Furthermore, many US companies in various fields tried to improve their competitiveness in the 80s and the 90s by learning from some successful Japanese business models, as well as internal training systems, especially introducing such methods as flexible (multi-product and small-lot) production for customer satisfaction, JIT for quality improvement and cost reduction (Toyota production system), cooperation with group firms to speed up new product development. These methods, combined with their own strengths such as originality and IT orientation, have led to overall optimization for each business organization and improved competitiveness for many industries in the US. For example, Motorola and GE are among the companies that were most eager to adopt these approaches. As a result, along with government strategies, the US economy revived by the mid-1990s.

For the last ten years or so, since around 1990, however, it has been Japan's turn to look to Anglo-American business models and to create a "hybrid Japanese management" (a term proposed by myself a couple of years ago) for survival in the rapidly changing global economy by selectively adopting such practices as quick decision-making, ROE and other indexes to indicate capital efficiency, emphasis on selection and concentration, frequent M&As, performance-based employee evaluation, etc. to combine with Japan's original strengths in terms of team work, internal production of machines and parts with "kaizen" efforts, high R&D ratios, black box methods, etc. It is also important to point out that quite a few small and medium sized companies in Japan excel in quality of products or parts, surpassing many big businesses, and possess a dominant share of their respective niche markets in the world, where they are often approached for business transactions by multinational corporations overseas.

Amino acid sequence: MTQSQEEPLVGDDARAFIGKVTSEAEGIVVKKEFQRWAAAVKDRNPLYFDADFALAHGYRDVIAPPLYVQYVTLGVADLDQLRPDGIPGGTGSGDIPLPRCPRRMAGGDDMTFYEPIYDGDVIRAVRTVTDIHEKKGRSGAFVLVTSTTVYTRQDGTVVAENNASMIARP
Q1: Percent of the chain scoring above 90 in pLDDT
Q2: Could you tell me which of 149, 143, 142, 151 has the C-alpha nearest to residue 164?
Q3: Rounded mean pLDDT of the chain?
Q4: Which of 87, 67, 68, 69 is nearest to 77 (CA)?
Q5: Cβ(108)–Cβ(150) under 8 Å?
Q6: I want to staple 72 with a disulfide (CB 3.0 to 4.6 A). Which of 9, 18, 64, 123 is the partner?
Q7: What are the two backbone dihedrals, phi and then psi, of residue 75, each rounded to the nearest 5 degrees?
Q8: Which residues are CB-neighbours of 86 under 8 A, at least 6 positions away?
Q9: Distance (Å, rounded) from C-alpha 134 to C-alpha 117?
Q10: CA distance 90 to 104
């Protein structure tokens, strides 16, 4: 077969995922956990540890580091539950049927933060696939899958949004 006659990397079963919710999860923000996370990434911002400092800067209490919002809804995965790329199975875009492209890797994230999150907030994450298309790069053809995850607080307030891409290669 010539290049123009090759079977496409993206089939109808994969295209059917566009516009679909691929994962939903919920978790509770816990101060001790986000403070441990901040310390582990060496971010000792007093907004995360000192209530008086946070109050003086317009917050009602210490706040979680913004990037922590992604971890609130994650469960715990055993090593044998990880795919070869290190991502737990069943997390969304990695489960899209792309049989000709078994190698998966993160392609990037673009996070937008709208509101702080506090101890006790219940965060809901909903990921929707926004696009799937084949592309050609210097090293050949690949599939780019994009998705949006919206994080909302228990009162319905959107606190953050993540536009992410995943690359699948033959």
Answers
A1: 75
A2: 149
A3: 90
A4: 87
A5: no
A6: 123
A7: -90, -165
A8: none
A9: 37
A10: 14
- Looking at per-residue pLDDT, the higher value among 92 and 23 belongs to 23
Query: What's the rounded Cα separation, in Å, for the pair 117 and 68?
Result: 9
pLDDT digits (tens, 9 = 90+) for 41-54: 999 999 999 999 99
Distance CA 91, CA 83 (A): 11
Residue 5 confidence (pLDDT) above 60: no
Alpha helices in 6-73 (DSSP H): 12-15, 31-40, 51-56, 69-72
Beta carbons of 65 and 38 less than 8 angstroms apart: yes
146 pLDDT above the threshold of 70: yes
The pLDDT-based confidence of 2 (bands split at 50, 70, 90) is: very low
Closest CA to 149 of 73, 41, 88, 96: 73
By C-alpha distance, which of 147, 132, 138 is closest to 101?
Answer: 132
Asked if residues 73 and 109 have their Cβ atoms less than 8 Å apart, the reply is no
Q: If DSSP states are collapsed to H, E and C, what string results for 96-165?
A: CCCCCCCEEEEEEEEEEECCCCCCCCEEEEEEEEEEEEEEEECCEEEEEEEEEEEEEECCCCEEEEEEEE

As for Japan's business relations with China, especially Guangdong Province and other advanced regions, where industries are being restructured from light manufacturing to higher value-added industries, there is little doubt that Japanese companies will try to strengthen their relations with Chinese companies and local communities, not only in the traditional fields of production and distribution, but also in the areas of infrastructure investment as well as services such as finance and insurance. Steady inflow of foreign capital into such advanced regions seems to reflect this fact. While counterfeiting is bothering Japanese and other foreign companies in China, and should be more effectively dealt with by strengthening the country's intellectual property rights regulations, Chinese business people can learn a lot from Japan's business approach, paying attention to details to ensure high quality service, an approach which they might not be able to learn at US business schools. Also, those Chinese companies that would be interested in acquiring relatively small sized companies in Japan should be aware of the strengths of Japanese small business not just in terms of hardware but rather in terms of "human-ware" such as workers' learning ability, creativity, cooperative spirit, etc. Without taking these into account, China's acquisition of Japanese small companies could be too costly after all. Money cannot buy everything, especially in Japan. Furthermore, Chinese businesses must take note of the following: (1) importance of focusing on manufacturing, more than finance or services, in a large economy like China, (2) more emphasis on compliance at the corporate level, (3) efforts to avoid the bubble economy, which hurt Japan so much, and (4) importance of own R&D, more than M&A, for long-term development.

Finally, Chinese business should learn from successful US and Japanese businesses in Asia in terms of brand strategies and intellectual property rights management. Many US multi-national corporations, especially in the IT related business, such as Apple, Microsoft, Google, Oracle and Intel have established overwhelming brand power in the world market. As global competition is becoming severer, especially in manufactured commodities, brand strategies are now considered crucially important for business survival, and Japanese companies are actively investing in R&D and pursuing their own strengths to meet consumers' preferences in Asia. Chinese companies can learn not only from those US and Japanese companies but also from such successful Chinese and other Asian businesses as Singapore Airlines, Mandarin Oriental Hotel and the Banyan Group.